How to use static imports in Java?

By | February 14, 2021
How to use static imports in Java

Introduction

My mentor always told me that it is a bad practice to use System.out.print statement, and we should rather use log4j to write messages to log files. System.out prints messages to the console. However, while we do our debugging and testing, especially on IDE, it is easy to add System.out statements. Eclipse IDE has a shortcut – you type syso and do ctrl+enter, you will get the entire System.out.println for you!

How to use static import in Java

The above way is just one way to type println statements quickly. If we import the class System.out, we need not type it each time we want a print statement.

Vamware

Importing a static class is the same as importing any other class. We have to add the static keyword.

Here is a program that prints a message to a user based on some condition:

String mornMsg = "Hi, Good morning to all!";
String afterNoonMsg = "Good afternoon, did you have your lunch?";
String eveMsg = "Good evening, would you like some tea/coffee?";
String nightMsg = "I wish for you to have a good night and sweet dreams!";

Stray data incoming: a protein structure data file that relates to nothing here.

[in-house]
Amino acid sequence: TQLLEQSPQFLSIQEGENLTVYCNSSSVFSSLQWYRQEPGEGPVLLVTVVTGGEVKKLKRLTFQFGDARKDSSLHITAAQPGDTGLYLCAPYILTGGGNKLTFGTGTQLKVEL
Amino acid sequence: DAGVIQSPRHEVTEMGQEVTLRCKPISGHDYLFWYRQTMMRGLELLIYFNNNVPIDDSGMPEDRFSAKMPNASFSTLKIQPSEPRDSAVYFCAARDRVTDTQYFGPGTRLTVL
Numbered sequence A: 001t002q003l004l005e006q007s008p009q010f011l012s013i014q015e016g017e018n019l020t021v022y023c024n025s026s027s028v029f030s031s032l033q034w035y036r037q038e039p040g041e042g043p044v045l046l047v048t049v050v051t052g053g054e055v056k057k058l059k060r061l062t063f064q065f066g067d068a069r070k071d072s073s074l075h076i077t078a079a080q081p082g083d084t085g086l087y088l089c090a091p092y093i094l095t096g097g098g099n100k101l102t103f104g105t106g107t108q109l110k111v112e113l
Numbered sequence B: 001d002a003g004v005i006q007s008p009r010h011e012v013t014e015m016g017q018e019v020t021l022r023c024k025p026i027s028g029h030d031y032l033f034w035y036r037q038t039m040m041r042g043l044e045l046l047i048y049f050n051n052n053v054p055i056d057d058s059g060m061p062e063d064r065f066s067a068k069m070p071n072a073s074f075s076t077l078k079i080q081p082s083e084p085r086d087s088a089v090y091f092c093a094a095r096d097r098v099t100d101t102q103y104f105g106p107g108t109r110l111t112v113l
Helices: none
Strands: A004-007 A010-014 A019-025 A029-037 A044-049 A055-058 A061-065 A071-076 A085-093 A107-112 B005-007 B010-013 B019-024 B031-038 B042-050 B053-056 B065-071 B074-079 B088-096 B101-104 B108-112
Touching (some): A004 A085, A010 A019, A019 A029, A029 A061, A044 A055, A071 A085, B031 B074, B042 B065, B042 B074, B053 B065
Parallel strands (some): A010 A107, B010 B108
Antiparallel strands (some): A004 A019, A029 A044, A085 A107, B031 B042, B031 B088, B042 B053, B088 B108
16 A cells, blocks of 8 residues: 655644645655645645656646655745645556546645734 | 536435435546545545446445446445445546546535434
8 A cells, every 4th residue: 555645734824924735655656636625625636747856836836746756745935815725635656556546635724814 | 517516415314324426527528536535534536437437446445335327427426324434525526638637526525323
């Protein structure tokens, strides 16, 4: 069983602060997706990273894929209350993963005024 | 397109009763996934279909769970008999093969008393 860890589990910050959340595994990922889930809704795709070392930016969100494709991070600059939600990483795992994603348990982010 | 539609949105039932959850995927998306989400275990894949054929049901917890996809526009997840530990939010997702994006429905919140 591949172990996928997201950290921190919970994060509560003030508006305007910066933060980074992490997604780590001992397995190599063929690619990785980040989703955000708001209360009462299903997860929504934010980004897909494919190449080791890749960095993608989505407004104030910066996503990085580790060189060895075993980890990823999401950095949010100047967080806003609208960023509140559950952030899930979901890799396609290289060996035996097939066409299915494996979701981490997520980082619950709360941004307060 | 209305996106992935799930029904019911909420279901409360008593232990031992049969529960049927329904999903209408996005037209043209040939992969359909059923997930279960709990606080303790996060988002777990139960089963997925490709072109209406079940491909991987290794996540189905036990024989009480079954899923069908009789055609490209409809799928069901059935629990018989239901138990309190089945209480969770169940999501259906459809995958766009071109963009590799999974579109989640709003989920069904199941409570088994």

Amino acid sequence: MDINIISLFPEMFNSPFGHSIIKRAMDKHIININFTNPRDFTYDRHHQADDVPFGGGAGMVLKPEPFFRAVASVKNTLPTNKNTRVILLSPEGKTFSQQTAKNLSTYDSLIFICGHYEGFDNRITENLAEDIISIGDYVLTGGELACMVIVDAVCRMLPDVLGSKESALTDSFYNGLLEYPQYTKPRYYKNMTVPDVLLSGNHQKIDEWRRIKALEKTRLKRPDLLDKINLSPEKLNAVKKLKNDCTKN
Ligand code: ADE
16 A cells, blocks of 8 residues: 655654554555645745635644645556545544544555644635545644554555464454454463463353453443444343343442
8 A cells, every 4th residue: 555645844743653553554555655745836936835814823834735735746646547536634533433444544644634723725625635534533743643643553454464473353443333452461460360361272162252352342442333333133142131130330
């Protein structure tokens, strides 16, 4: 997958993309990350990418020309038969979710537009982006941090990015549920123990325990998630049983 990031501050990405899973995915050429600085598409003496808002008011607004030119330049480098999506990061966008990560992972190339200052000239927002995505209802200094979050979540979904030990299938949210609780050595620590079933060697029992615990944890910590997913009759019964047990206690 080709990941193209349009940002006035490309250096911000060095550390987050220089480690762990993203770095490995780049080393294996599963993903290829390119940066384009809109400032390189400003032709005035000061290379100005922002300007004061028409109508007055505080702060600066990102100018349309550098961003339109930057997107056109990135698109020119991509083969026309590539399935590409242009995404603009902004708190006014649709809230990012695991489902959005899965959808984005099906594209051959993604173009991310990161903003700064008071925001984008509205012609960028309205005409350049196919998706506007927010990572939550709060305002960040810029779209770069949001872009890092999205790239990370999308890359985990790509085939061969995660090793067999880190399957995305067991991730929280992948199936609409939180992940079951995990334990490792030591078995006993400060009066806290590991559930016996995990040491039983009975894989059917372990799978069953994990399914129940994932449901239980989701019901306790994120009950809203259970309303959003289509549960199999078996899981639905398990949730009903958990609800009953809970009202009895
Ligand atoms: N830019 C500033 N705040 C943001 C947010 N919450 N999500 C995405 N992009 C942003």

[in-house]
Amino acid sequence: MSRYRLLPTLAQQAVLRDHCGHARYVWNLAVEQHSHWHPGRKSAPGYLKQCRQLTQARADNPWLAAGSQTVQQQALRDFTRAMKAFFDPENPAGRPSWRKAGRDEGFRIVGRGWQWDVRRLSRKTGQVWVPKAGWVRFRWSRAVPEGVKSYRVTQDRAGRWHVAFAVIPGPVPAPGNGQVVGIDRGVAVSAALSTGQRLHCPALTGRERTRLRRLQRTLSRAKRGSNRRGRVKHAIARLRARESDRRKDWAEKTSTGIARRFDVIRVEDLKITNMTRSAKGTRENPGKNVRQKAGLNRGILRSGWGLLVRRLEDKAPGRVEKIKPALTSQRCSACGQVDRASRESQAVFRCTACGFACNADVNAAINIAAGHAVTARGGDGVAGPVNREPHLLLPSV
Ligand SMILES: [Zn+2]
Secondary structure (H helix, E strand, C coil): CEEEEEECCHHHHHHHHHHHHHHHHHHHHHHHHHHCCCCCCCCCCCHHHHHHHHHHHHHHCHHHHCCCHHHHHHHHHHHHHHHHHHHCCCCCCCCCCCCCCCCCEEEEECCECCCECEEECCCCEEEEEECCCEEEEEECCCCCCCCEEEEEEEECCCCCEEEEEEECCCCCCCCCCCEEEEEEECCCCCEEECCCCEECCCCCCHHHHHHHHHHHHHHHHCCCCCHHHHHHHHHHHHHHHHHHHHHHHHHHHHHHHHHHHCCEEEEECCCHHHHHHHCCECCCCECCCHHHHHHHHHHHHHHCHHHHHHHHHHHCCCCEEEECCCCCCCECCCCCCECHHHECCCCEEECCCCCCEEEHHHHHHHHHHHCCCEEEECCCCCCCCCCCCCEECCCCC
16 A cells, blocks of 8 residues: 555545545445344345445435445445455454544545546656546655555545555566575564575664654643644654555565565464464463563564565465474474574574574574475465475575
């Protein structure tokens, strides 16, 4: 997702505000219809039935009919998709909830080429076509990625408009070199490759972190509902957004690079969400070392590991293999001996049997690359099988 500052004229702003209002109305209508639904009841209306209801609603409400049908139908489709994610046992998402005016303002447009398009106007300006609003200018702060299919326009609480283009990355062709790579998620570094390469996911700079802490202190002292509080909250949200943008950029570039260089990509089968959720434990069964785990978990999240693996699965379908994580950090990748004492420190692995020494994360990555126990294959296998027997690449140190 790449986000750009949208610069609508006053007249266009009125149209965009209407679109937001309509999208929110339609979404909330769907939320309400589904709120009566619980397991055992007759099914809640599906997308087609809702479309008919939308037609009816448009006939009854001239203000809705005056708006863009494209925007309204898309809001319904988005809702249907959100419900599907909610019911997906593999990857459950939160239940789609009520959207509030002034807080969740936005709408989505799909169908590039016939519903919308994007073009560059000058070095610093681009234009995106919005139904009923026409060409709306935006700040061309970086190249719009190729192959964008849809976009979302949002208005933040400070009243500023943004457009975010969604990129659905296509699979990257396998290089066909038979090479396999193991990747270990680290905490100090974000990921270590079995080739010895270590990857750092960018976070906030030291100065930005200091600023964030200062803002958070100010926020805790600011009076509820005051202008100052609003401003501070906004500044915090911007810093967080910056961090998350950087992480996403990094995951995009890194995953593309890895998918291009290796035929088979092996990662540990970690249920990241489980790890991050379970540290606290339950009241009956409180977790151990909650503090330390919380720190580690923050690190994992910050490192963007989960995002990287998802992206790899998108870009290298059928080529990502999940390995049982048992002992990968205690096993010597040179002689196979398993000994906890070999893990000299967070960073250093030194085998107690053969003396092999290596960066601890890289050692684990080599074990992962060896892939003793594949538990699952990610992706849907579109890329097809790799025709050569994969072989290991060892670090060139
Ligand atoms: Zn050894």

Scanner scan = new Scanner(System.in);

System.out.println("Enter the time of the day, \n0-Morning\n1-Afternoon\n2-Evening\n3-Night");

int time = scan.nextInt();

switch(time){
case 0: System.out.println(mornMsg); break;
case 1: System.out.println(afterNoonMsg); break;
case 2: System.out.println(eveMsg); break;
case 3: System.out.println(nightMsg); break;
}
}

We have kept it simple so that it is easier to explain and understand. We have four messages and one of the four messages is displayed based on user input of numbers 0-3. Note that for demonstration, we have used many System.out.println statements. We will now add the import

import static java.lang.System.out;

and replace all the above System.out.println statements to out.println:

case 0: out.println(mornMsg); break;
case 1: out.println(afterNoonMsg); break;
case 2: out.println(eveMsg); break;
case 3: out.println(nightMsg); break;

We also add the import import static java.lang.System.in;

and now we can type:

Scanner scan = new Scanner(in);

The same can be done with System.err, too, although we have not used it in our program.

Here is the complete program:

String mornMsg = "Hi, Good morning to all!";
String afterNoonMsg = "Good afternoon, did you have your lunch?";
String eveMsg = "Good evening, would you like some tea/coffee?";
String nightMsg = "I wish for you to have a good night and sweet dreams!";

Scanner scan = new Scanner(in);

out.println("Enter the time of the day, \n0-Morning\n1-Afternoon\n2-Evening\n3-Night");

int time = scan.nextInt();

switch(time){
case 0: out.println(mornMsg); break;
case 1: out.println(afterNoonMsg); break;
case 2: out.println(eveMsg); break;
case 3: out.println(nightMsg); break;
}

Conclusion

We have seen how to import static classes and use static variables without the class name. You can do this for any class, even user-defined classes.

Leave a Reply

Your email address will not be published. Required fields are marked *